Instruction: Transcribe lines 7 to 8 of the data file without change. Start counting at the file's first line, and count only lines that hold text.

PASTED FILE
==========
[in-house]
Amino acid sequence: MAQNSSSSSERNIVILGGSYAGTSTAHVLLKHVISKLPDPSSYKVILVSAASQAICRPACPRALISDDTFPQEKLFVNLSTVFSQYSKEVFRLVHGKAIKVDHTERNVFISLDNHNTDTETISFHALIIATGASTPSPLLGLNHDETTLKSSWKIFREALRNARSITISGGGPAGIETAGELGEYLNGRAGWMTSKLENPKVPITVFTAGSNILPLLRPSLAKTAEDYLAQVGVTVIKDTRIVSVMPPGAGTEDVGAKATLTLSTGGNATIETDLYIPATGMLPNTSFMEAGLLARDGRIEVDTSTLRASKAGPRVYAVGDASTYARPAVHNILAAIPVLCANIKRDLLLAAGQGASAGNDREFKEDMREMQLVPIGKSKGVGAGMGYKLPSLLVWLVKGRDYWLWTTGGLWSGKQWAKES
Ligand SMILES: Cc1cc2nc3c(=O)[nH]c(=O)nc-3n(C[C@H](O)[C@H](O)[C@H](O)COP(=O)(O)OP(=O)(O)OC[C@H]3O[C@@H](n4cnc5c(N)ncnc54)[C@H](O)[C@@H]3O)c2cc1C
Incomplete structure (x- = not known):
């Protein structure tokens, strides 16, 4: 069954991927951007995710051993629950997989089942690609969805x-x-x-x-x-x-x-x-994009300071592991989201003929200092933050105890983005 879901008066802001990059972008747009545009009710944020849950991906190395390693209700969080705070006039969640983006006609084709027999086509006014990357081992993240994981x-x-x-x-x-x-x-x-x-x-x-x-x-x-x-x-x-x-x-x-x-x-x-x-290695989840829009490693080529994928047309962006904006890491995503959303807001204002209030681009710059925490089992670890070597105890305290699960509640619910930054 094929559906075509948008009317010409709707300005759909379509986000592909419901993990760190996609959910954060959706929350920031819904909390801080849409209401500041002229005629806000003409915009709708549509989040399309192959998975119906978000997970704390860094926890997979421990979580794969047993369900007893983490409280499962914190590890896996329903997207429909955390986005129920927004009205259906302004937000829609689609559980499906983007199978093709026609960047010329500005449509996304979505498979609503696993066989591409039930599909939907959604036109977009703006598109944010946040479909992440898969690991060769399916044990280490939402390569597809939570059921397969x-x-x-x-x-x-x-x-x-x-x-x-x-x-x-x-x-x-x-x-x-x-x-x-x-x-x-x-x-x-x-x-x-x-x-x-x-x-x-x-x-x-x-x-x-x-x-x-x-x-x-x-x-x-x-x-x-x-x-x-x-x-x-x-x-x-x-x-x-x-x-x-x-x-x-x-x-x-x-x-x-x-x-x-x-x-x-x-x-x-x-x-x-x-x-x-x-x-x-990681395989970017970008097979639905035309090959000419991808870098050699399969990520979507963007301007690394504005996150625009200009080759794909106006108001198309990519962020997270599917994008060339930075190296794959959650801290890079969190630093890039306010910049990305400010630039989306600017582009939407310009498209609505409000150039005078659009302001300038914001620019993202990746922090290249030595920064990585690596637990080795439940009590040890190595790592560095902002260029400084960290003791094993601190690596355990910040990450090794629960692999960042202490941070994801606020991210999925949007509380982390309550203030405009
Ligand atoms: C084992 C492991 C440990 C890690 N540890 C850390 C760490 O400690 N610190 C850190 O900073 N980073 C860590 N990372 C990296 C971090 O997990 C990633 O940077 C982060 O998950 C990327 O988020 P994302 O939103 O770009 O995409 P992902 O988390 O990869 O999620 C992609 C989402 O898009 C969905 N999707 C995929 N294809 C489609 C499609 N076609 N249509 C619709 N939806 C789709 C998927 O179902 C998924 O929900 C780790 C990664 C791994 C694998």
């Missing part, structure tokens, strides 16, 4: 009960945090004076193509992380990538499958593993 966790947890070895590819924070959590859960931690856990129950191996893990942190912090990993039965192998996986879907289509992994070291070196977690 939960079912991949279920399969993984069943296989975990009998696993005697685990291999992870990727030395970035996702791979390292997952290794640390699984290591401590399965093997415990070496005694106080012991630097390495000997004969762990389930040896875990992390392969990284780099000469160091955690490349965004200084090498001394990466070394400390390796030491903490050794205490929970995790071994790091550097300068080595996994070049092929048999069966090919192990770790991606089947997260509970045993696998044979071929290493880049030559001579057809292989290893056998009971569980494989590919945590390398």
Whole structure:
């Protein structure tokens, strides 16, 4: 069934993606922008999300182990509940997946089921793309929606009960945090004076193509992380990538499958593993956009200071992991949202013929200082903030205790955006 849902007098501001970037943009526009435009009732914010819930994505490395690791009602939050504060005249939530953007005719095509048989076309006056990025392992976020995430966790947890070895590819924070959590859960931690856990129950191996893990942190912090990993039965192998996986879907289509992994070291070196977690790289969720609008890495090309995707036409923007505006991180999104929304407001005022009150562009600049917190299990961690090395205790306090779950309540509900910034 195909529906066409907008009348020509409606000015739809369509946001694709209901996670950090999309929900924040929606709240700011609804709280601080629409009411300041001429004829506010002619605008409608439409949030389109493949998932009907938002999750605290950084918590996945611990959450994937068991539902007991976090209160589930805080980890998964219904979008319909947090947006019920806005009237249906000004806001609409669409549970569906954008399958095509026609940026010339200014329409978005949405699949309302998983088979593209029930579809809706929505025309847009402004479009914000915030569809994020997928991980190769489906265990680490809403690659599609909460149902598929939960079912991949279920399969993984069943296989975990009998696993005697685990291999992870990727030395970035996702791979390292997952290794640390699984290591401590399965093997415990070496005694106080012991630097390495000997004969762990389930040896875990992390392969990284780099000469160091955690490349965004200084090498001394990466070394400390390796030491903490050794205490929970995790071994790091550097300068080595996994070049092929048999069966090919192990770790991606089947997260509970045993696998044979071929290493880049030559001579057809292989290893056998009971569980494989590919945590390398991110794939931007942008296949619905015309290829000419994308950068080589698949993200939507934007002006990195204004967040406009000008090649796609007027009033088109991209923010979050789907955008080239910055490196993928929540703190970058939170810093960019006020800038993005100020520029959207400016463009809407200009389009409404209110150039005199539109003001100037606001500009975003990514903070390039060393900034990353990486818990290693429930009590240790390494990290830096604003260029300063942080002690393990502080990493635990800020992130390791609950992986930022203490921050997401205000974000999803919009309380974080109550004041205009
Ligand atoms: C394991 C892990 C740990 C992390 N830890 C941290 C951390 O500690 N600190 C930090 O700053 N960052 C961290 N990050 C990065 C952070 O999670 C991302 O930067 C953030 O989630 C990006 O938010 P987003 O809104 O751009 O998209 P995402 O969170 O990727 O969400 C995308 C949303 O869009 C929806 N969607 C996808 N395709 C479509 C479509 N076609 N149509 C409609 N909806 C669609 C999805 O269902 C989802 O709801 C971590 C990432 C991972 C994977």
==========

């Missing part, structure tokens, strides 16, 4: 009960945090004076193509992380990538499958593993 966790947890070895590819924070959590859960931690856990129950191996893990942190912090990993039965192998996986879907289509992994070291070196977690 939960079912991949279920399969993984069943296989975990009998696993005697685990291999992870990727030395970035996702791979390292997952290794640390699984290591401590399965093997415990070496005694106080012991630097390495000997004969762990389930040896875990992390392969990284780099000469160091955690490349965004200084090498001394990466070394400390390796030491903490050794205490929970995790071994790091550097300068080595996994070049092929048999069966090919192990770790991606089947997260509970045993696998044979071929290493880049030559001579057809292989290893056998009971569980494989590919945590390398």
Whole structure: